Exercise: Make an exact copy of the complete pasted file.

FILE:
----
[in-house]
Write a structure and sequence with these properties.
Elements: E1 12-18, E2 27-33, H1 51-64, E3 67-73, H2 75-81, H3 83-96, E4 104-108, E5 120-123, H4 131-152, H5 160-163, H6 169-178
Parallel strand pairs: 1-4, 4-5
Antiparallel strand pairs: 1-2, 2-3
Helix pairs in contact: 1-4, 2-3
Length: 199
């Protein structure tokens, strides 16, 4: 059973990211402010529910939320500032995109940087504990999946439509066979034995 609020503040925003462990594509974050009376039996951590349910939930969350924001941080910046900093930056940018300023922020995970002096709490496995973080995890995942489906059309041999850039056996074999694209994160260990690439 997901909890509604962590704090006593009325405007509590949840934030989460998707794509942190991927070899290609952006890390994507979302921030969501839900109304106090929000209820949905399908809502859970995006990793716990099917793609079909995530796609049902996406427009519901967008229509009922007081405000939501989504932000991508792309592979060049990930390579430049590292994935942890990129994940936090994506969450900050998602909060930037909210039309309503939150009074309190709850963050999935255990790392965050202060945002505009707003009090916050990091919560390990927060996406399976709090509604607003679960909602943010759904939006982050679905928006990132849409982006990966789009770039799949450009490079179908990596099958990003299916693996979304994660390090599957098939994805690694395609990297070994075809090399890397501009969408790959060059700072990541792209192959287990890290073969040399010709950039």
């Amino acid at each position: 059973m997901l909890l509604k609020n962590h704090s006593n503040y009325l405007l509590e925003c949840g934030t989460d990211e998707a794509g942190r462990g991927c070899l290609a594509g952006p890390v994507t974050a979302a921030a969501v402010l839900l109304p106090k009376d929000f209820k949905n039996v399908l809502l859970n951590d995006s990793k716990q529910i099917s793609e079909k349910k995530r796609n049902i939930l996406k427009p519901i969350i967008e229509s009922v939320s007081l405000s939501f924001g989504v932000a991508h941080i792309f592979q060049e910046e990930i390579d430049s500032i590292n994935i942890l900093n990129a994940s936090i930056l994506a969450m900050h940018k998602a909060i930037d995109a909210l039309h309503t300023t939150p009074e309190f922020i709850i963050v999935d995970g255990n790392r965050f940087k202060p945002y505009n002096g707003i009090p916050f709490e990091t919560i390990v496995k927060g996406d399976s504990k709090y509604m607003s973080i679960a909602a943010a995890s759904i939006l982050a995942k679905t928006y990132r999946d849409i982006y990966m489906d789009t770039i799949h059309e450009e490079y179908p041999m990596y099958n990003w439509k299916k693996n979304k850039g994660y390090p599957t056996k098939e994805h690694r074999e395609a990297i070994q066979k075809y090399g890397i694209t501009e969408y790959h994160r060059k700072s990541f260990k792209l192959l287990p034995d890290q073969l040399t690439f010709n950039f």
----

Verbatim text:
[in-house]
Write a structure and sequence with these properties.
Elements: E1 12-18, E2 27-33, H1 51-64, E3 67-73, H2 75-81, H3 83-96, E4 104-108, E5 120-123, H4 131-152, H5 160-163, H6 169-178
Parallel strand pairs: 1-4, 4-5
Antiparallel strand pairs: 1-2, 2-3
Helix pairs in contact: 1-4, 2-3
Length: 199
């Protein structure tokens, strides 16, 4: 059973990211402010529910939320500032995109940087504990999946439509066979034995 609020503040925003462990594509974050009376039996951590349910939930969350924001941080910046900093930056940018300023922020995970002096709490496995973080995890995942489906059309041999850039056996074999694209994160260990690439 997901909890509604962590704090006593009325405007509590949840934030989460998707794509942190991927070899290609952006890390994507979302921030969501839900109304106090929000209820949905399908809502859970995006990793716990099917793609079909995530796609049902996406427009519901967008229509009922007081405000939501989504932000991508792309592979060049990930390579430049590292994935942890990129994940936090994506969450900050998602909060930037909210039309309503939150009074309190709850963050999935255990790392965050202060945002505009707003009090916050990091919560390990927060996406399976709090509604607003679960909602943010759904939006982050679905928006990132849409982006990966789009770039799949450009490079179908990596099958990003299916693996979304994660390090599957098939994805690694395609990297070994075809090399890397501009969408790959060059700072990541792209192959287990890290073969040399010709950039």
């Amino acid at each position: 059973m997901l909890l509604k609020n962590h704090s006593n503040y009325l405007l509590e925003c949840g934030t989460d990211e998707a794509g942190r462990g991927c070899l290609a594509g952006p890390v994507t974050a979302a921030a969501v402010l839900l109304p106090k009376d929000f209820k949905n039996v399908l809502l859970n951590d995006s990793k716990q529910i099917s793609e079909k349910k995530r796609n049902i939930l996406k427009p519901i969350i967008e229509s009922v939320s007081l405000s939501f924001g989504v932000a991508h941080i792309f592979q060049e910046e990930i390579d430049s500032i590292n994935i942890l900093n990129a994940s936090i930056l994506a969450m900050h940018k998602a909060i930037d995109a909210l039309h309503t300023t939150p009074e309190f922020i709850i963050v999935d995970g255990n790392r965050f940087k202060p945002y505009n002096g707003i009090p916050f709490e990091t919560i390990v496995k927060g996406d399976s504990k709090y509604m607003s973080i679960a909602a943010a995890s759904i939006l982050a995942k679905t928006y990132r999946d849409i982006y990966m489906d789009t770039i799949h059309e450009e490079y179908p041999m990596y099958n990003w439509k299916k693996n979304k850039g994660y390090p599957t056996k098939e994805h690694r074999e395609a990297i070994q066979k075809y090399g890397i694209t501009e969408y790959h994160r060059k700072s990541f260990k792209l192959l287990p034995d890290q073969l040399t690439f010709n950039f």